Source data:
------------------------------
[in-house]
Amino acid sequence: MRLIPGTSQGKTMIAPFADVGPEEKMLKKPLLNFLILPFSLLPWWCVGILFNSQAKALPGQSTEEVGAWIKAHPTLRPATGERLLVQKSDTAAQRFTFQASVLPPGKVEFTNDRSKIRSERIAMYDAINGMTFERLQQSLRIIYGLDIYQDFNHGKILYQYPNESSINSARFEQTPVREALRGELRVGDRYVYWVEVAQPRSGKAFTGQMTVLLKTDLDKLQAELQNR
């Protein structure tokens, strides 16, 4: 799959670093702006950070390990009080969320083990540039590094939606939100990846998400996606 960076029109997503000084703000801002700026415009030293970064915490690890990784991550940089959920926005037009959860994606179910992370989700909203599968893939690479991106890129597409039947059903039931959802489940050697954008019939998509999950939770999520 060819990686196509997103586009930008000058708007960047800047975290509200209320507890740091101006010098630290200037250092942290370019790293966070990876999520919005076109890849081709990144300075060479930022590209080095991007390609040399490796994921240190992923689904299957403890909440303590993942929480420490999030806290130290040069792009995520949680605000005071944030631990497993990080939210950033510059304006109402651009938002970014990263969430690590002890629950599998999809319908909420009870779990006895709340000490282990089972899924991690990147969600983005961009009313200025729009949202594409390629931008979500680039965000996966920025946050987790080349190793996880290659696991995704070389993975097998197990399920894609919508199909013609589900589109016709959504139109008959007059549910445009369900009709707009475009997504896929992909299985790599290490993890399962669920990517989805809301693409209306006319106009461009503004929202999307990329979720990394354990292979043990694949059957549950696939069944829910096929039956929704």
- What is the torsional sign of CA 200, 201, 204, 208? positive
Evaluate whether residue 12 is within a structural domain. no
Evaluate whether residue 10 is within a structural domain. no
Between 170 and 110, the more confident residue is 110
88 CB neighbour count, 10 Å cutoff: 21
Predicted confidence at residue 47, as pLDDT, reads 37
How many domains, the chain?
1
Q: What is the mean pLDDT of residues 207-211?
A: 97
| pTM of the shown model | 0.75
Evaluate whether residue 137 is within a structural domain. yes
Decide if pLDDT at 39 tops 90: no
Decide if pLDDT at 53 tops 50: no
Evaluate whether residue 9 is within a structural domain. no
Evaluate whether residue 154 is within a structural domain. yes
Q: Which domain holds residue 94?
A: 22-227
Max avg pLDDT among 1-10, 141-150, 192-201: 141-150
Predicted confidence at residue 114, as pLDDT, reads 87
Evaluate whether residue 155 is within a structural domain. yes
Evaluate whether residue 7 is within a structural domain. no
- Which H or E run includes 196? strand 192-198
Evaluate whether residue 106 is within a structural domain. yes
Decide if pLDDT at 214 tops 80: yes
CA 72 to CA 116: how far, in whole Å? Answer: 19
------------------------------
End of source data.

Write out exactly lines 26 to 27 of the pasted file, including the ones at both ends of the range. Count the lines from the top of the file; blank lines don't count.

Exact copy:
- Which H or E run includes 196? strand 192-198
Evaluate whether residue 106 is within a structural domain. yes